In November 2010, Executive Order 13556 established a program for managing and protecting Controlled Unclassified Information (CUI), with the National Archives and Records Administration serving as the executive agent to implement and oversee agency actions to ensure compliance. This, in turn, was followed by the release of several Defense Federal Acquisition Regulation Supplements (DFARS) that put the Cybersecurity Maturity Model Certification (CMMC) program in place. A primary requirement is for contractors to provide adequate security and report incidents within 72 hours. It is then NIST SP 800-171 that defines adequate security and the incident reporting process.
This process that began in 2010 with the requirement for protecting CUI was to culminate by December 31, 2017. By that date, all contractors who handled CUI were to be compliant or working towards compliance by DFARS 252.204.7012. Needless to say, this rollout has not quite worked out as planned.
The requirement to adequately protect CUI and report relevant incidents has been around for several years. It is also fair to say that industry has ignored the compliance requirements; equally, the government has ignored its requirement to define and identify CUI. Often the contractor is left with a requirement to expend effort on information that can not be identified or does not exist.
As this program has lurched forward, it has changed markedly, from CMMC version 1.0 with five levels of compliance and a maximum of 171 requirements to CMMC version 2.0 with three levels and a maximum of 145 requirements.
What has also changed is that the Department of Justice is now involved through the False Claims Act (FCA). The law originated during the Civil War and was used to charge contractors who knowingly submitted false claims. Over the last century and a half, it has been amended. It now allows private citizens to file suits on behalf of the government against those who have defrauded the government.
The 2015 Aerojet Rocketdyne False Claims Act case is a prime example. A whistleblower brought an action against Aerojet Rocketdyne, claiming the company knowingly misrepresented its security controls and practices and knowingly failed to timely report a suspected cyber incident. In other words, the company knowingly failed to provide adequate security for CUI and report an incident involving CUI. In February 2022, the court decided on a summary judgment. It did not resolve the allegations of false claims and did not deny the Aerojet Rocketdyne defense. The court found there were facts in dispute that could be resolved by trial.
In November 2021, there was the release of the CMMC Interim Rule, which is framed by several DFARS clauses. First is clause 252.204-7019, which requires contractors to conduct a self-assessment of their compliance to NIST SP 800-171 and enter the results into the Supplier Performance Risk System (SPRS). The second is clause 252.204-7020 which requires the contractor to provide company access to government assessors and ensure applicable subcontractors have their current assessment posted in SPRS. Third is clause 252.204-7021 which requires the contractor to have the appropriate CMMC certification before award and maintain the required level for the contract duration.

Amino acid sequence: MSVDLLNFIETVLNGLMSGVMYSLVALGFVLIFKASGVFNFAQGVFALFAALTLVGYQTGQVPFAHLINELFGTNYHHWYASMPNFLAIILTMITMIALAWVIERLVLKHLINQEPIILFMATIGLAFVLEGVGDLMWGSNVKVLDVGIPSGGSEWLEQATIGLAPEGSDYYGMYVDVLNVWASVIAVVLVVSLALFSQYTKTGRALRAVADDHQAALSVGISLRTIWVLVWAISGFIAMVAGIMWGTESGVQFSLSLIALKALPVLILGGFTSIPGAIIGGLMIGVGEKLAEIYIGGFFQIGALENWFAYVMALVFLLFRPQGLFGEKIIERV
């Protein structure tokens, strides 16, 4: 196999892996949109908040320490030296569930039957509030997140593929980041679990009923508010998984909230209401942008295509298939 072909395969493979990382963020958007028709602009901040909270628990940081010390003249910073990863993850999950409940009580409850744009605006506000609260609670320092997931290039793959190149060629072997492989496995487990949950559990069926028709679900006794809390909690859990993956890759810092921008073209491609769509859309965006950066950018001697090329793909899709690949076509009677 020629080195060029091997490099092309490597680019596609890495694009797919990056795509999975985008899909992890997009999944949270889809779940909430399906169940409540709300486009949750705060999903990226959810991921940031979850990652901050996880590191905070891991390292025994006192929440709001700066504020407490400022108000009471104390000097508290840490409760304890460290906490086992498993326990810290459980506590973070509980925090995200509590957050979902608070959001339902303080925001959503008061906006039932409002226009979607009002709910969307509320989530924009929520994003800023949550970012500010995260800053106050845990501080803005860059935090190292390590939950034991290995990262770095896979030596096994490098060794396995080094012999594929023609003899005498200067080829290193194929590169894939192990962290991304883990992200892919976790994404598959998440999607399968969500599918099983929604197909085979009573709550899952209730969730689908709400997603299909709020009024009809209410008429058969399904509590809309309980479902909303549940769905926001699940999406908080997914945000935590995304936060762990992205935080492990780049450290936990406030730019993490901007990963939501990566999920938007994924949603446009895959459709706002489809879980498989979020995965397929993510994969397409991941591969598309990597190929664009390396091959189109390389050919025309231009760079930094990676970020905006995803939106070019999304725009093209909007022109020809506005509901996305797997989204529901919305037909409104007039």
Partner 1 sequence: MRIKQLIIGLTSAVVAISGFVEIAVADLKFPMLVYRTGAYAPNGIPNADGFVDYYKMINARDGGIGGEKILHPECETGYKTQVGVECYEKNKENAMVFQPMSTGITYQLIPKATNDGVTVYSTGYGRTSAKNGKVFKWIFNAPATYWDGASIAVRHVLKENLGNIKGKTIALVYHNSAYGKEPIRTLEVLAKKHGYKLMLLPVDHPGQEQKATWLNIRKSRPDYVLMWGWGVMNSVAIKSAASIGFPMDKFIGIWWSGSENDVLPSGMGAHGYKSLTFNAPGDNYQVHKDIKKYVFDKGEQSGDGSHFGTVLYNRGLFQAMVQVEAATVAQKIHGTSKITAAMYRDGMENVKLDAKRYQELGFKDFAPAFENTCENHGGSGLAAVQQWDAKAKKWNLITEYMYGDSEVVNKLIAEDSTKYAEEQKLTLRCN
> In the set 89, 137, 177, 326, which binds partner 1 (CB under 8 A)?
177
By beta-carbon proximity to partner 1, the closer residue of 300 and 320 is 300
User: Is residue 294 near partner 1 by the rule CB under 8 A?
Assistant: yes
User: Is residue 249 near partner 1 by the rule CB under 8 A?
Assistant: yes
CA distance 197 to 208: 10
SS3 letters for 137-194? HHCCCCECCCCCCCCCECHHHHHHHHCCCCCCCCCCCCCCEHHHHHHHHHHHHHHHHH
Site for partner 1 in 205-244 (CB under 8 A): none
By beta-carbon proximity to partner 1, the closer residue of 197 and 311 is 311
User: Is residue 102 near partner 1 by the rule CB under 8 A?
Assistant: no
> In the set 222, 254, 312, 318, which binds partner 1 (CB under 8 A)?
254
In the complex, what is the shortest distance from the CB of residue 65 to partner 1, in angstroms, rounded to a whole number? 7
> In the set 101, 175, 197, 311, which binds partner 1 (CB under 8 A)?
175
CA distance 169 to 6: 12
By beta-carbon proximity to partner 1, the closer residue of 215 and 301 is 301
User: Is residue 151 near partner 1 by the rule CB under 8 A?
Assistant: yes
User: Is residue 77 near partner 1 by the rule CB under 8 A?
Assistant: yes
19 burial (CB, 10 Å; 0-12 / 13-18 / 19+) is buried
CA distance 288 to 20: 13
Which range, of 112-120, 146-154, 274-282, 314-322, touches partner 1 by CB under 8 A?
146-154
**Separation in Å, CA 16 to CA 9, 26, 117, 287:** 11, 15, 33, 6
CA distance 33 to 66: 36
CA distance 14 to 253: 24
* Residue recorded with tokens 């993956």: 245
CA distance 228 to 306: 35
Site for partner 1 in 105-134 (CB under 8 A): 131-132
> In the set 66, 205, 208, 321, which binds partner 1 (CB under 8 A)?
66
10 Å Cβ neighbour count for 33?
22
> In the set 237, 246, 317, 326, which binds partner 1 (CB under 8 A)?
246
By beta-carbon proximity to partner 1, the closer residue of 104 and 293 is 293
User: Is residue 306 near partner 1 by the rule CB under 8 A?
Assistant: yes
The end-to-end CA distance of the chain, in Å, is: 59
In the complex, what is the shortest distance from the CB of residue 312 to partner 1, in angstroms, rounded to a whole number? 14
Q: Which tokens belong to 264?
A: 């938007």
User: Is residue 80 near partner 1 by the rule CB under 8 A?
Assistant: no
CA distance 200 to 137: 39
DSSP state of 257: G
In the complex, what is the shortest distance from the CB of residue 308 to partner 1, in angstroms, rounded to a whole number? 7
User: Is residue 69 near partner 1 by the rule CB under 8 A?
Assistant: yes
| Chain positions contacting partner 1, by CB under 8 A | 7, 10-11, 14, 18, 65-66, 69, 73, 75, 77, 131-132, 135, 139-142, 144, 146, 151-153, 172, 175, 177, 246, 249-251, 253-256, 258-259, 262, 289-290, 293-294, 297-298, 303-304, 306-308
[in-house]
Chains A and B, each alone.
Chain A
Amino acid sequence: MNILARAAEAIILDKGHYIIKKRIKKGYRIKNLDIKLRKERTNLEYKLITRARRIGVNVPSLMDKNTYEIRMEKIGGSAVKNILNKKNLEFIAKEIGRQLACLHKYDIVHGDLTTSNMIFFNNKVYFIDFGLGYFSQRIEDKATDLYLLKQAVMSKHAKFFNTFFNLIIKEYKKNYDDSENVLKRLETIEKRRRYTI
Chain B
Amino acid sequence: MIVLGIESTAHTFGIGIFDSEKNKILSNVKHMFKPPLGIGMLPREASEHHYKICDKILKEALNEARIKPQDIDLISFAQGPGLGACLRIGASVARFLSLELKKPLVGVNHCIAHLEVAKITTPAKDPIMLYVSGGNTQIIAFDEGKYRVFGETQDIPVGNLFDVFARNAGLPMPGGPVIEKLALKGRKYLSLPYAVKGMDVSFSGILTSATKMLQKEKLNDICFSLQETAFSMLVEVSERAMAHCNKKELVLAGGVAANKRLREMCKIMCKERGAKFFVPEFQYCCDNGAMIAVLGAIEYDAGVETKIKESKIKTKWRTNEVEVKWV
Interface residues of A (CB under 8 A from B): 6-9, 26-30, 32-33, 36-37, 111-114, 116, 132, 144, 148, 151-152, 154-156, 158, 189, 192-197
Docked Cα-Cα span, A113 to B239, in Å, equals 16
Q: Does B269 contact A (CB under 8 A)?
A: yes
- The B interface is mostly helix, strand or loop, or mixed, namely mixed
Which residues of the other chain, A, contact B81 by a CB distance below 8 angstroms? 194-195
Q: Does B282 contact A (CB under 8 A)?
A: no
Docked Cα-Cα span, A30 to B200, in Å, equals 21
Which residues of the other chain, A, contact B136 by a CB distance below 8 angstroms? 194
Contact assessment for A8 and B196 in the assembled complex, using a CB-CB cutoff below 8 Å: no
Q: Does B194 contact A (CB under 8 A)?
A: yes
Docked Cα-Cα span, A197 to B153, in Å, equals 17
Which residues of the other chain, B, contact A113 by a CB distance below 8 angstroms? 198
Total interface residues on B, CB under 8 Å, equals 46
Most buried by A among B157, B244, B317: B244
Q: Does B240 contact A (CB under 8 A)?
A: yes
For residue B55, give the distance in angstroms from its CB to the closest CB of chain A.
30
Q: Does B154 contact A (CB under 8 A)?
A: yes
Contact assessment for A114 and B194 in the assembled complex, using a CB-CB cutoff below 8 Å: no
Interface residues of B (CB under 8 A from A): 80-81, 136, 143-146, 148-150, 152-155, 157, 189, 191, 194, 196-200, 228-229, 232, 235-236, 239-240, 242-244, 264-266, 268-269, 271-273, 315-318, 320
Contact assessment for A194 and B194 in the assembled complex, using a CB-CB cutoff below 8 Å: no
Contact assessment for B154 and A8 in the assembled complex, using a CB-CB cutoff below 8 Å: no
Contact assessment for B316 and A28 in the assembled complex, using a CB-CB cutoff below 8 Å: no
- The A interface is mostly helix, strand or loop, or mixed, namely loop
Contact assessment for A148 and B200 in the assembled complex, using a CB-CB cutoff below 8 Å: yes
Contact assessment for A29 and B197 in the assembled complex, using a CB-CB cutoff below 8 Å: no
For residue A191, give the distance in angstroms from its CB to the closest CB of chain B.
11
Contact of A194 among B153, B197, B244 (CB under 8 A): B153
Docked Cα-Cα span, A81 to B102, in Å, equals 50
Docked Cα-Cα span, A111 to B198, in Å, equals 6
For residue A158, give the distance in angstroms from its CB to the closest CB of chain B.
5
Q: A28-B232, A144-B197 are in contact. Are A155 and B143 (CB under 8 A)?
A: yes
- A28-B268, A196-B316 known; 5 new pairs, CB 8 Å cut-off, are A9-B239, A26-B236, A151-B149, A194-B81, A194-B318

Essentially, the first requirement is for a company to self-assess their compliance to the 110 requirements in NIST SP 800-171 and post the results. This is not an easy task, there are three scoring categories and 320 determination statements, with assessment objectives, that need to be evaluated. The reality is that all determination statements must be satisfied before a control can be complete. The obvious recommendation is a hard and honest assessment, knowing that the government expects companies to report as they improve their score. The scoring range is +110 to -204, and the FCA is hanging over this process like a sword. The caution here is not to inflate the score. A company officer must certify the submission of the score and the Plan of Action and Milestones (POAM) into SPRS.
False claims of assessments will result in inflated scores, which will not be difficult to find. In plain simple language, an incomplete assessment that does not consider the 320 determination statement assessment objectives is incorrect, at best incomplete, and most likely fraudulent.
With 30 years of experience in information technology, Mike Olivier brings his expertise to small-business System Security Planning with San Diego-based 171Comply. As a small business owner working in the federal space both as a prime contractor and as a subcontractor, he understands the realities of running a small business. Contact Mike at firstname.lastname@example.org.